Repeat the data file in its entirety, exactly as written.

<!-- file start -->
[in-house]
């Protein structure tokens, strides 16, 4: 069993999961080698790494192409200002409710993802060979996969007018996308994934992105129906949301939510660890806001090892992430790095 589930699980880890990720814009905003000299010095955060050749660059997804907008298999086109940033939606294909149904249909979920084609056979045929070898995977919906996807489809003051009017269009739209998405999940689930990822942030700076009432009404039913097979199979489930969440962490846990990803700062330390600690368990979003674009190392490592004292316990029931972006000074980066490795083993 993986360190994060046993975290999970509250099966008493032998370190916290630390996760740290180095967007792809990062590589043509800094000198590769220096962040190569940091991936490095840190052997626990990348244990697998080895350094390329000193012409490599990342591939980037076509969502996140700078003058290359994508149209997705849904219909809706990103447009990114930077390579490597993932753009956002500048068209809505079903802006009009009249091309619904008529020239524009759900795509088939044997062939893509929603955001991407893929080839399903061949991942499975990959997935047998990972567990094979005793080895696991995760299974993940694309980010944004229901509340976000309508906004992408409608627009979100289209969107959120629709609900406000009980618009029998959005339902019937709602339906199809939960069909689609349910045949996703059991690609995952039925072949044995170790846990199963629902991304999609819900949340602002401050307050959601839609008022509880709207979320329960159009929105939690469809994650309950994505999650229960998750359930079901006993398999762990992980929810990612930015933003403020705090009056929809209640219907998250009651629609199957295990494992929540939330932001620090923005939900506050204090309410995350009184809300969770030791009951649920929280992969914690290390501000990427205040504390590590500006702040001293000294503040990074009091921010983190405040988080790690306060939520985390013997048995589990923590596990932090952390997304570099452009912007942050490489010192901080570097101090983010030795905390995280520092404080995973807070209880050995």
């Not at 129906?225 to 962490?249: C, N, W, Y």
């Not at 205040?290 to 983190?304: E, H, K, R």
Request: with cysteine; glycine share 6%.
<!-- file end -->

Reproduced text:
[in-house]
């Protein structure tokens, strides 16, 4: 069993999961080698790494192409200002409710993802060979996969007018996308994934992105129906949301939510660890806001090892992430790095 589930699980880890990720814009905003000299010095955060050749660059997804907008298999086109940033939606294909149904249909979920084609056979045929070898995977919906996807489809003051009017269009739209998405999940689930990822942030700076009432009404039913097979199979489930969440962490846990990803700062330390600690368990979003674009190392490592004292316990029931972006000074980066490795083993 993986360190994060046993975290999970509250099966008493032998370190916290630390996760740290180095967007792809990062590589043509800094000198590769220096962040190569940091991936490095840190052997626990990348244990697998080895350094390329000193012409490599990342591939980037076509969502996140700078003058290359994508149209997705849904219909809706990103447009990114930077390579490597993932753009956002500048068209809505079903802006009009009249091309619904008529020239524009759900795509088939044997062939893509929603955001991407893929080839399903061949991942499975990959997935047998990972567990094979005793080895696991995760299974993940694309980010944004229901509340976000309508906004992408409608627009979100289209969107959120629709609900406000009980618009029998959005339902019937709602339906199809939960069909689609349910045949996703059991690609995952039925072949044995170790846990199963629902991304999609819900949340602002401050307050959601839609008022509880709207979320329960159009929105939690469809994650309950994505999650229960998750359930079901006993398999762990992980929810990612930015933003403020705090009056929809209640219907998250009651629609199957295990494992929540939330932001620090923005939900506050204090309410995350009184809300969770030791009951649920929280992969914690290390501000990427205040504390590590500006702040001293000294503040990074009091921010983190405040988080790690306060939520985390013997048995589990923590596990932090952390997304570099452009912007942050490489010192901080570097101090983010030795905390995280520092404080995973807070209880050995």
């Not at 129906?225 to 962490?249: C, N, W, Y």
């Not at 205040?290 to 983190?304: E, H, K, R």
Request: with cysteine; glycine share 6%.